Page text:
Intern Projects @ MongoDB

October 16, 2014

A while back, just as I began writing again, one of my first topics was MongoDB’s internship program, and I ended on a promise to follow up with examples of a few interesting projects from Summer 2013. Then life got in the way. So here, after a long delay, are four projects (out of ~17) that represent what MongoDB interns worked on in 2013:

Rust and F# Drivers

In my mind the Rust driver and F# driver were each fantastic project ideas and archetypal of what we aimed for in the past:

Rather than digging into a simple web-app, both of these involved learning how to build a real library based on the template of our existing MongoDB drivers.

In both cases the interns were able to start from scratch and, working with MongoDB engineers as well as language experts from both the Rust and F# worlds, to release solid alpha/prototype versions of the software. Not bad for ~10 weeks of work.

Web-based Shell Emulator

The shell emulator at has been around for a little while. Well, more than just a little while - the first mention of it in the Wayback Machine is from February of 2010. So an update was overdue, and two students brought it into the modern world with better support for Javascript syntax and more recently introduced MongoDB features. Also it’s much prettier.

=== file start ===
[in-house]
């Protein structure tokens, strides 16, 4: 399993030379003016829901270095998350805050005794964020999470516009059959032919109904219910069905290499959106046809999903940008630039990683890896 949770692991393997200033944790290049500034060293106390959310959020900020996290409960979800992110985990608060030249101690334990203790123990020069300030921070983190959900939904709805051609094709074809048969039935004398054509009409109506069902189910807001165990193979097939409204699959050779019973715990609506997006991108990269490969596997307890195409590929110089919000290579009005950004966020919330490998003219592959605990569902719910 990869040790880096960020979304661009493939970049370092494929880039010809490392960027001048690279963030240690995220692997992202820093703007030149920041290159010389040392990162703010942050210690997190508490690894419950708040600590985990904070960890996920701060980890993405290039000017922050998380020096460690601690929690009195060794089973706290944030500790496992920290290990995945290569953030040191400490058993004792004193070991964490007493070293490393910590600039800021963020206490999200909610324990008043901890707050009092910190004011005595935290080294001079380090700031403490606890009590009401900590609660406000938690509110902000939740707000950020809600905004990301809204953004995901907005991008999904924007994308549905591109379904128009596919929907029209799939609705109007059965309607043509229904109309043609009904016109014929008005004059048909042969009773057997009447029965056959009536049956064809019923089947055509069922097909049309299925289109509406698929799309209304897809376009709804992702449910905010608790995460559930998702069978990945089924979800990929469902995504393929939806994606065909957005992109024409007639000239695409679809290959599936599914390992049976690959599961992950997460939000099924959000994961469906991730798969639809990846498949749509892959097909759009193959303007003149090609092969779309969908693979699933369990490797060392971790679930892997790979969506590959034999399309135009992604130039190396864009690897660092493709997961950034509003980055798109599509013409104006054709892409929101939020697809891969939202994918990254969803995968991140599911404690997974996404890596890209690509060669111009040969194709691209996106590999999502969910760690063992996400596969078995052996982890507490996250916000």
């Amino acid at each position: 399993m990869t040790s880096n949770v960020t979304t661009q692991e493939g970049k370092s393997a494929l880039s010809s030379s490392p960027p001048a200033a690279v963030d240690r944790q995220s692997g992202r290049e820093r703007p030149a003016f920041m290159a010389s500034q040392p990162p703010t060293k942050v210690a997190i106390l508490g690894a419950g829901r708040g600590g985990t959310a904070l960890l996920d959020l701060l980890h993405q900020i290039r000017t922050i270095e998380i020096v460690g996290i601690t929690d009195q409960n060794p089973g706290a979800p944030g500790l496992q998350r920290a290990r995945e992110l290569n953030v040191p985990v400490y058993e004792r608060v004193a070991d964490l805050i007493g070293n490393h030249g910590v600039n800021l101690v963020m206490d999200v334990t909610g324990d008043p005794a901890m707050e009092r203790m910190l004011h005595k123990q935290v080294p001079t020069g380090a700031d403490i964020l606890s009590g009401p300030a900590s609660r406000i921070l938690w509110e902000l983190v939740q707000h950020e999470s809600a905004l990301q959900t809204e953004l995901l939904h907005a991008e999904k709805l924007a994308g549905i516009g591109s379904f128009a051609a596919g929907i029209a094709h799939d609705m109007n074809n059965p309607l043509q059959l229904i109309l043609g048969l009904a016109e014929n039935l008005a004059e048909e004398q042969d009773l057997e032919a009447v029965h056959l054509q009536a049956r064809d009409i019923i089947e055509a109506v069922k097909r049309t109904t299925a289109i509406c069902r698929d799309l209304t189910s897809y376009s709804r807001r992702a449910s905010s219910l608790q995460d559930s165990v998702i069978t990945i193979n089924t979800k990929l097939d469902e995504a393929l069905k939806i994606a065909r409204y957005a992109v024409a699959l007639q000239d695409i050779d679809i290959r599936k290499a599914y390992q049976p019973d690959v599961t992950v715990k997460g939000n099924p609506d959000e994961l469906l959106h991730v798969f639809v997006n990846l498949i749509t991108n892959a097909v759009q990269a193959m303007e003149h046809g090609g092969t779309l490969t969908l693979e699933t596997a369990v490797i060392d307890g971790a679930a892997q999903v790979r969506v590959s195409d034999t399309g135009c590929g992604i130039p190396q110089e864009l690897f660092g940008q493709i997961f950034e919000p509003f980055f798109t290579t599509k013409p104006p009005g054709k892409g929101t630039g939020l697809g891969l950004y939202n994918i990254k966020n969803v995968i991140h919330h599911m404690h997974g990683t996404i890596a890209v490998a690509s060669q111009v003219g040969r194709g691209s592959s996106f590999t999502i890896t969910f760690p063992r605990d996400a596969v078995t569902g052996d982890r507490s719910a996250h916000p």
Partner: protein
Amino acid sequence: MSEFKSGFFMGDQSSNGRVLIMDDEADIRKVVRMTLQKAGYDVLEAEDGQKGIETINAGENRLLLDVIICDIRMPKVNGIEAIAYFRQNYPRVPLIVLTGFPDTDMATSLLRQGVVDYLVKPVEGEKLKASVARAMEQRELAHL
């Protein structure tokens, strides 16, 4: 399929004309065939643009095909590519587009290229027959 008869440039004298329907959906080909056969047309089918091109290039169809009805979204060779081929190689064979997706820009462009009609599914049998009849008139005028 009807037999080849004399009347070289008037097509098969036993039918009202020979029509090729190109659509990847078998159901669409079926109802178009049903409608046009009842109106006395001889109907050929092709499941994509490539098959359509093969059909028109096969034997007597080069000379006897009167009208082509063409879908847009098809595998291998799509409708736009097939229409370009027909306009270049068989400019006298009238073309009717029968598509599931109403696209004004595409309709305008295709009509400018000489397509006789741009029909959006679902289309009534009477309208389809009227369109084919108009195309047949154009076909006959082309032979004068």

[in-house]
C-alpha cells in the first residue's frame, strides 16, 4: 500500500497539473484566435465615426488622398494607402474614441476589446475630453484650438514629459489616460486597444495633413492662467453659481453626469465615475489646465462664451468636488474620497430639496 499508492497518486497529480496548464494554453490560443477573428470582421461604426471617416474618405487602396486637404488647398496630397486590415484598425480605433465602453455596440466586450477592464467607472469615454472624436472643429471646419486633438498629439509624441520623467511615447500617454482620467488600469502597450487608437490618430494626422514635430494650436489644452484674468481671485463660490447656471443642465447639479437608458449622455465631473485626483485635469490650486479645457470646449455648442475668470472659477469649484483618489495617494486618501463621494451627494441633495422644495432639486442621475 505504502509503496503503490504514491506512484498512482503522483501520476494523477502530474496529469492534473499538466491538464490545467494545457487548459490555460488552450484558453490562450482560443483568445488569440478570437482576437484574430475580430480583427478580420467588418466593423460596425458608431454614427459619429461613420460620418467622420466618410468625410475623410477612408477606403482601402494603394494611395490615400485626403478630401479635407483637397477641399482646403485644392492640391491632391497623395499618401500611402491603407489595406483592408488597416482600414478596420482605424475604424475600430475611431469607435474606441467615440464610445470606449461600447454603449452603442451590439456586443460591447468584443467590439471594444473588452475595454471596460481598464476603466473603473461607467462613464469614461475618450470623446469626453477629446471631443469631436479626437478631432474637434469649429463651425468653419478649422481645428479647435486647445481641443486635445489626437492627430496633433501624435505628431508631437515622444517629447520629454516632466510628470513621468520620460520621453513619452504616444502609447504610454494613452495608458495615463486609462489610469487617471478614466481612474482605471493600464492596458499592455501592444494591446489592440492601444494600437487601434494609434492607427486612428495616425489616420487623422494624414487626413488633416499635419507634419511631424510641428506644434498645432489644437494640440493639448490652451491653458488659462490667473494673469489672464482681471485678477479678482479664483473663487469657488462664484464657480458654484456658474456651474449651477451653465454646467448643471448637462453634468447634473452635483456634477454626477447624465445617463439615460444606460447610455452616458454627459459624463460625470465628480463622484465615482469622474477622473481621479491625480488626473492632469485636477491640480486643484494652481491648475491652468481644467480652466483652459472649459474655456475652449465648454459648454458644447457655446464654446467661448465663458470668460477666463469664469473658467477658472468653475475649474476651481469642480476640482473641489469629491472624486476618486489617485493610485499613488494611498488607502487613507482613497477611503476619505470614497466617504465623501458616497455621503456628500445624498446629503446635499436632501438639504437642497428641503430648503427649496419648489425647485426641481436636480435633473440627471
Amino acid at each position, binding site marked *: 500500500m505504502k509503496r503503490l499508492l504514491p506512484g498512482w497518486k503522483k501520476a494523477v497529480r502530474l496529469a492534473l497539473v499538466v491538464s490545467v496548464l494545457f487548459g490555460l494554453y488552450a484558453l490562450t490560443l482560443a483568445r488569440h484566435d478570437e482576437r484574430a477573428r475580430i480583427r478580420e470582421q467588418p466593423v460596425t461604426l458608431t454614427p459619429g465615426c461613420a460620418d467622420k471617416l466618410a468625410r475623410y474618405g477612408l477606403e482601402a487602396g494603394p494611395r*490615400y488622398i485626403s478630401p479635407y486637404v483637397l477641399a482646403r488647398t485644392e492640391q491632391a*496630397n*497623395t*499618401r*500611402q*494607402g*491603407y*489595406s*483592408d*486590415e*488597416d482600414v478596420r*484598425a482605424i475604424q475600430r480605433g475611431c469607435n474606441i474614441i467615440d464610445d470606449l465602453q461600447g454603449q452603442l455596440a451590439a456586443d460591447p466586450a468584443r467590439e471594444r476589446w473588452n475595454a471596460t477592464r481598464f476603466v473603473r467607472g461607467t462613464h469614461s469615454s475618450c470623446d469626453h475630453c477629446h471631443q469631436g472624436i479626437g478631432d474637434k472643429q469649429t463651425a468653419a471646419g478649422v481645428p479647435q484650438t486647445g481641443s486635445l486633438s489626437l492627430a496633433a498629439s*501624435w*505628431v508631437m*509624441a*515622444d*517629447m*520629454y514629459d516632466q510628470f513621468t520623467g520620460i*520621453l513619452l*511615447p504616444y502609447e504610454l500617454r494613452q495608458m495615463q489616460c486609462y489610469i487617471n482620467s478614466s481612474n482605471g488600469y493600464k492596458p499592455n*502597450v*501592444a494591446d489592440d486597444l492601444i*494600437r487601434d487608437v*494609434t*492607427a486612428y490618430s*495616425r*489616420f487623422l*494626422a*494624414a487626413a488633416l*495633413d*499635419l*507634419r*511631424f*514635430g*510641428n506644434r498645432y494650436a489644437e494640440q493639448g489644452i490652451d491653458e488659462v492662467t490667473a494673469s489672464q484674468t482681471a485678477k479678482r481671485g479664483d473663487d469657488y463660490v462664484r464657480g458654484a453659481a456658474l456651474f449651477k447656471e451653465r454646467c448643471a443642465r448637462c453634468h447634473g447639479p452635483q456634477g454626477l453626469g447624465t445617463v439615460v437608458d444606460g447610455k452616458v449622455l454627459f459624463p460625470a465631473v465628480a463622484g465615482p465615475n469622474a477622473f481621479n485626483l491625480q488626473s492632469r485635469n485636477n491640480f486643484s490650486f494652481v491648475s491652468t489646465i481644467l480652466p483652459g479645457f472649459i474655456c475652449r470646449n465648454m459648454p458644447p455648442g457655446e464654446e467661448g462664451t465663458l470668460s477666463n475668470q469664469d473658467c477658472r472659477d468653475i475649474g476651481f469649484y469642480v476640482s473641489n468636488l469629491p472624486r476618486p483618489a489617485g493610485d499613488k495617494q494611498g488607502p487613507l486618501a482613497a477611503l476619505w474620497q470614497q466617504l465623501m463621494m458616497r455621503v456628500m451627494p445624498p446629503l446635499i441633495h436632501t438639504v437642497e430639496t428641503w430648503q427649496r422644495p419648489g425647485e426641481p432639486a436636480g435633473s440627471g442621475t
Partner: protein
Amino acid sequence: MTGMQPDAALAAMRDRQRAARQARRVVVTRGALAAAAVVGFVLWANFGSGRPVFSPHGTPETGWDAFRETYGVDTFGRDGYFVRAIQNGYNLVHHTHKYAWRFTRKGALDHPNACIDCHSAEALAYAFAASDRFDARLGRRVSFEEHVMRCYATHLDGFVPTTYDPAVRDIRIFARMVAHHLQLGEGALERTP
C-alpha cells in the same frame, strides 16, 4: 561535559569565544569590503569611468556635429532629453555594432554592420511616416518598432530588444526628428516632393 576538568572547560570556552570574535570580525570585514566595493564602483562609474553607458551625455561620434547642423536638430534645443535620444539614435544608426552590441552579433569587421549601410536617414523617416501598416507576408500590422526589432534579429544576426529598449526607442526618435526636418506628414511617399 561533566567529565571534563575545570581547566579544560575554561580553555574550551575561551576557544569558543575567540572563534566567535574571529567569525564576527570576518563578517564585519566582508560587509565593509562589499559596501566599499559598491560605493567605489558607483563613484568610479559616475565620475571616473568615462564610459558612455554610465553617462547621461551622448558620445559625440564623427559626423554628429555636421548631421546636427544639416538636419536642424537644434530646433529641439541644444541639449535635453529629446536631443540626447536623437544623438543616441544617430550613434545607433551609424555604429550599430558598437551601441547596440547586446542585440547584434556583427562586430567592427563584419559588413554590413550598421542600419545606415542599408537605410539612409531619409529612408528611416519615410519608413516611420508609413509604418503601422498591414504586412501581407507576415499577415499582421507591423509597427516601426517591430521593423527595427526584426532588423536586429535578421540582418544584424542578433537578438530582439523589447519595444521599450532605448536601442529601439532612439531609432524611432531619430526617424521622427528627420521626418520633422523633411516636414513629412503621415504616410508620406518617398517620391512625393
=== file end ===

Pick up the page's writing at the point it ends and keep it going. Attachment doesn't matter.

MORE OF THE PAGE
-> MongoDB web shell emulator

More than just a simple pass at code cleanup though, they took the opportunity to write their own Javascript evaluator, suspend.js, that allows the shell to run commands in the expected blocking manner without freezing the entire browser until execution has completed.

This shell emulator has now gone beyond its use as a simple tutorial and is the basis for the testing functionality in MongoDB University.


Lastly, we had one of our interns in California pick up working on the Mongoose ODM. So rather than working on a brand new codebase he jumped straight into an existing open-source project - taking on bug fixes, feature development and community management all while being supervised by the library’s original author.

This was a bit different than most of our other projects in Summer 2013, but it went extremely well and led us to make some changes in time for 2014, the nature of which I’ll pick up in a final blog post to be published soon…